Full Metal Jacket is a difficult movie to watch because of the subject matter, and you do not have to be a Catholic to feel this way.  As a Catholic, I cringe when Private Davis gets savagely dressed down by Sergeant Hartman when the trainee says that he does not believe in the Virgin Mary.  That is a cornerstone of Catholicism, though, for now, I will spare you the lecture about how we do not worship Mary.  Veneration and worship do not mean the same thing, people!  It gets worse when they sing happy birthday to Jesus on Christmas, and when Sergeant Hartman says that God has a “hard on” for Marines.  Again, the film is about taking men and molding them into killers, not calling out moments of sacrilege.  The military would put this in more positive terms, which makes sense.  One does not join the armed forces in order to remain the person you have always been.  Instead, they want to make you into who they want you to be.  What I think is more broadly applicable to this situation, and this is something that stems from Faith, is the disregard for life.  It is not just in the killing that goes on in battle.  Aside from the Crusades, which is arguable, the Church has almost always come out as being against war because every single life is precious to God.  In this light, I do not approve of the disgusting mental gymnastics Sergeant Hartman goes through to justify killing.  Yet, these are the more obvious criticisms.  The more subtle ones come with the scenes of prostitution.  Again, dehumanization is at work.  The sex workers have to sell their bodies like meat, and their customers are always trying to undercut the amount they are seeking.  This is, perhaps, the saddest aspect of the movie.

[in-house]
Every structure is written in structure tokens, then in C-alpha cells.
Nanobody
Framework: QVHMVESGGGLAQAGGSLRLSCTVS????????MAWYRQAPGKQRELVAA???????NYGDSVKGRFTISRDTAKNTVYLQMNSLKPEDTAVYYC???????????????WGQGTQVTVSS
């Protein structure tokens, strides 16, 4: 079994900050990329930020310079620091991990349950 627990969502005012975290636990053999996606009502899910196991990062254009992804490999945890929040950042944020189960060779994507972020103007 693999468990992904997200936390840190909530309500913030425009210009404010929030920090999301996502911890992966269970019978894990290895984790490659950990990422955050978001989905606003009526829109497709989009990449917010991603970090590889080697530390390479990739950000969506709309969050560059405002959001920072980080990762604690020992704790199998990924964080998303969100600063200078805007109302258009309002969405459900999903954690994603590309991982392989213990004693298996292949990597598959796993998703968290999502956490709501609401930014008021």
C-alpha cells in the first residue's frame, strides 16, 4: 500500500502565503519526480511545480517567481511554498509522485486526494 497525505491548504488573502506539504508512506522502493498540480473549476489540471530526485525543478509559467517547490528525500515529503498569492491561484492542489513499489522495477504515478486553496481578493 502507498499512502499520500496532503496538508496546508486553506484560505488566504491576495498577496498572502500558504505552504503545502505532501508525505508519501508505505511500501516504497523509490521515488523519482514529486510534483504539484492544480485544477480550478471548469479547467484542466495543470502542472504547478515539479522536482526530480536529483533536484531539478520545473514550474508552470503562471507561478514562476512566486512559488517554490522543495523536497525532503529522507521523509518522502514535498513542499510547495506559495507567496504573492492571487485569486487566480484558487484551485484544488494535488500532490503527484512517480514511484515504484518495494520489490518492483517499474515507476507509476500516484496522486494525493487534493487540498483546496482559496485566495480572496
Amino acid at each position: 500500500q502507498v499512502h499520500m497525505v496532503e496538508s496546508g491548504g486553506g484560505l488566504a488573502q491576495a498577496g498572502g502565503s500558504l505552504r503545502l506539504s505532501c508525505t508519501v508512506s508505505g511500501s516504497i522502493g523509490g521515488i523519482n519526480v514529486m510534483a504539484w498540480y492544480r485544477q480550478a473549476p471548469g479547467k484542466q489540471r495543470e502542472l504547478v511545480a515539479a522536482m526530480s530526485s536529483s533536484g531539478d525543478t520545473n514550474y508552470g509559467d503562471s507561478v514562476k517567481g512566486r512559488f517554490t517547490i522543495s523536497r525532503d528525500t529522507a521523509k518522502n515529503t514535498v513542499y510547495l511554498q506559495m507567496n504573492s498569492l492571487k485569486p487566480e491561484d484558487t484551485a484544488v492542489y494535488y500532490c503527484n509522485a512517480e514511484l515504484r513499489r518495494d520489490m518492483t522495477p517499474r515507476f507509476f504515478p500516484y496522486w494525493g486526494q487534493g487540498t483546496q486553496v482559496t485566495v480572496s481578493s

There is not much that is uplifting about Full Metal Jacket.  It is well shot and acted, as you would expect from a Stanley Kubrick film.  If that is what you look for in a movie, then there is definitely quality in it.  My cinematic eye tends to be more geared towards the philosophical aspects of a film.  If it does not have a good message in it, then I will not recommend it.  This one seems to be about men coming to grips with the notion that they are no longer people, and being fine with it.  This is all without even mentioning the awful, racialized language throughout the film.  For these reasons, I cannot recommend it.